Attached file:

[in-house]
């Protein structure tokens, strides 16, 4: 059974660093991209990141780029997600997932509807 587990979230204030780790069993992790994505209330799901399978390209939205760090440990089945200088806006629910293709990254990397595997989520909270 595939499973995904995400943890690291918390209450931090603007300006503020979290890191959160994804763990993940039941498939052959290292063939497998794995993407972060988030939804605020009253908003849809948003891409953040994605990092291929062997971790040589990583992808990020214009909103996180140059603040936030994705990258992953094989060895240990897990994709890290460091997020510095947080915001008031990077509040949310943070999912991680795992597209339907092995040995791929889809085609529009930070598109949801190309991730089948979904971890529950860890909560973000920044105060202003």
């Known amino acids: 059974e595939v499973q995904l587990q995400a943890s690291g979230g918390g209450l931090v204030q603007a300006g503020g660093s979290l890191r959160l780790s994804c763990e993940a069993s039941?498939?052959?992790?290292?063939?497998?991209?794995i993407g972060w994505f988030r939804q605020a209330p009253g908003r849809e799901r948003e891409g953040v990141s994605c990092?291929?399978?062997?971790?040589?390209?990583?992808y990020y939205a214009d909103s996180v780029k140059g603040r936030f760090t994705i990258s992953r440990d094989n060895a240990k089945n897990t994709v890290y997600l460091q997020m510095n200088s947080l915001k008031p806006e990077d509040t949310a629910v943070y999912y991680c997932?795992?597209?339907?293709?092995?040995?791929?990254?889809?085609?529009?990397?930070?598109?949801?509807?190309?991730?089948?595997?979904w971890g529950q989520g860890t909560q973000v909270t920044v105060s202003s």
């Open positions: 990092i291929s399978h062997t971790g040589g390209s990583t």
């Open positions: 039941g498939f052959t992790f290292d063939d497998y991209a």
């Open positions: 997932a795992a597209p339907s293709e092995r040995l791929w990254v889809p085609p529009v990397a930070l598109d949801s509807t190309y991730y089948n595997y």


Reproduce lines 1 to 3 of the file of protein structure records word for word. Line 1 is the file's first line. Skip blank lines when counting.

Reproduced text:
[in-house]
């Protein structure tokens, strides 16, 4: 059974660093991209990141780029997600997932509807 587990979230204030780790069993992790994505209330799901399978390209939205760090440990089945200088806006629910293709990254990397595997989520909270 595939499973995904995400943890690291918390209450931090603007300006503020979290890191959160994804763990993940039941498939052959290292063939497998794995993407972060988030939804605020009253908003849809948003891409953040994605990092291929062997971790040589990583992808990020214009909103996180140059603040936030994705990258992953094989060895240990897990994709890290460091997020510095947080915001008031990077509040949310943070999912991680795992597209339907092995040995791929889809085609529009930070598109949801190309991730089948979904971890529950860890909560973000920044105060202003």
């Known amino acids: 059974e595939v499973q995904l587990q995400a943890s690291g979230g918390g209450l931090v204030q603007a300006g503020g660093s979290l890191r959160l780790s994804c763990e993940a069993s039941?498939?052959?992790?290292?063939?497998?991209?794995i993407g972060w994505f988030r939804q605020a209330p009253g908003r849809e799901r948003e891409g953040v990141s994605c990092?291929?399978?062997?971790?040589?390209?990583?992808y990020y939205a214009d909103s996180v780029k140059g603040r936030f760090t994705i990258s992953r440990d094989n060895a240990k089945n897990t994709v890290y997600l460091q997020m510095n200088s947080l915001k008031p806006e990077d509040t949310a629910v943070y999912y991680c997932?795992?597209?339907?293709?092995?040995?791929?990254?889809?085609?529009?990397?930070?598109?949801?509807?190309?991730?089948?595997?979904w971890g529950q989520g860890t909560q973000v909270t920044v105060s202003s």